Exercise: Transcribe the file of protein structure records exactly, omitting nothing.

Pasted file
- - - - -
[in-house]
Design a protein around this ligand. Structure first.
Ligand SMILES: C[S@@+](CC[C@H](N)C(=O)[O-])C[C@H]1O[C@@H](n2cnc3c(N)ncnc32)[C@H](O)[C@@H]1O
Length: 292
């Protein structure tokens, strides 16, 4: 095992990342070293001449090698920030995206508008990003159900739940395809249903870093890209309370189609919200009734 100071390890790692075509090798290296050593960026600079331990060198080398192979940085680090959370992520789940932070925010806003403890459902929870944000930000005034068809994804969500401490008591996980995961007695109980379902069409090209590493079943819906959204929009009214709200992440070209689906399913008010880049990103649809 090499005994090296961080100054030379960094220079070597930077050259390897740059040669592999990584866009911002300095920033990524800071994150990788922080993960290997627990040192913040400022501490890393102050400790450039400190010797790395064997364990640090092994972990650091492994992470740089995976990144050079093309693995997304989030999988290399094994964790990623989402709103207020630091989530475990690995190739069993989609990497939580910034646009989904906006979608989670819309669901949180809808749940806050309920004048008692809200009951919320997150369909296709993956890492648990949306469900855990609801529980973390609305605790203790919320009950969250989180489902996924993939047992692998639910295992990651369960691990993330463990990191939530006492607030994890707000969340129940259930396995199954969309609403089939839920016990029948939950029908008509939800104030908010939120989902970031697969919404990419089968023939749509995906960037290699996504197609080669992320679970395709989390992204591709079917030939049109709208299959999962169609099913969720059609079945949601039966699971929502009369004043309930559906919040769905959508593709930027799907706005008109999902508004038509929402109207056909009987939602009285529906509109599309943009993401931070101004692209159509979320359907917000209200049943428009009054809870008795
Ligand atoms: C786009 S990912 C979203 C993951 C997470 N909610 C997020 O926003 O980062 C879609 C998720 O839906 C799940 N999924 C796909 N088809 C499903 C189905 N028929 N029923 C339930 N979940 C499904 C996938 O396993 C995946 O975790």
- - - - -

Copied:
[in-house]
Design a protein around this ligand. Structure first.
Ligand SMILES: C[S@@+](CC[C@H](N)C(=O)[O-])C[C@H]1O[C@@H](n2cnc3c(N)ncnc32)[C@H](O)[C@@H]1O
Length: 292
């Protein structure tokens, strides 16, 4: 095992990342070293001449090698920030995206508008990003159900739940395809249903870093890209309370189609919200009734 100071390890790692075509090798290296050593960026600079331990060198080398192979940085680090959370992520789940932070925010806003403890459902929870944000930000005034068809994804969500401490008591996980995961007695109980379902069409090209590493079943819906959204929009009214709200992440070209689906399913008010880049990103649809 090499005994090296961080100054030379960094220079070597930077050259390897740059040669592999990584866009911002300095920033990524800071994150990788922080993960290997627990040192913040400022501490890393102050400790450039400190010797790395064997364990640090092994972990650091492994992470740089995976990144050079093309693995997304989030999988290399094994964790990623989402709103207020630091989530475990690995190739069993989609990497939580910034646009989904906006979608989670819309669901949180809808749940806050309920004048008692809200009951919320997150369909296709993956890492648990949306469900855990609801529980973390609305605790203790919320009950969250989180489902996924993939047992692998639910295992990651369960691990993330463990990191939530006492607030994890707000969340129940259930396995199954969309609403089939839920016990029948939950029908008509939800104030908010939120989902970031697969919404990419089968023939749509995906960037290699996504197609080669992320679970395709989390992204591709079917030939049109709208299959999962169609099913969720059609079945949601039966699971929502009369004043309930559906919040769905959508593709930027799907706005008109999902508004038509929402109207056909009987939602009285529906509109599309943009993401931070101004692209159509979320359907917000209200049943428009009054809870008795
Ligand atoms: C786009 S990912 C979203 C993951 C997470 N909610 C997020 O926003 O980062 C879609 C998720 O839906 C799940 N999924 C796909 N088809 C499903 C189905 N028929 N029923 C339930 N979940 C499904 C996938 O396993 C995946 O975790």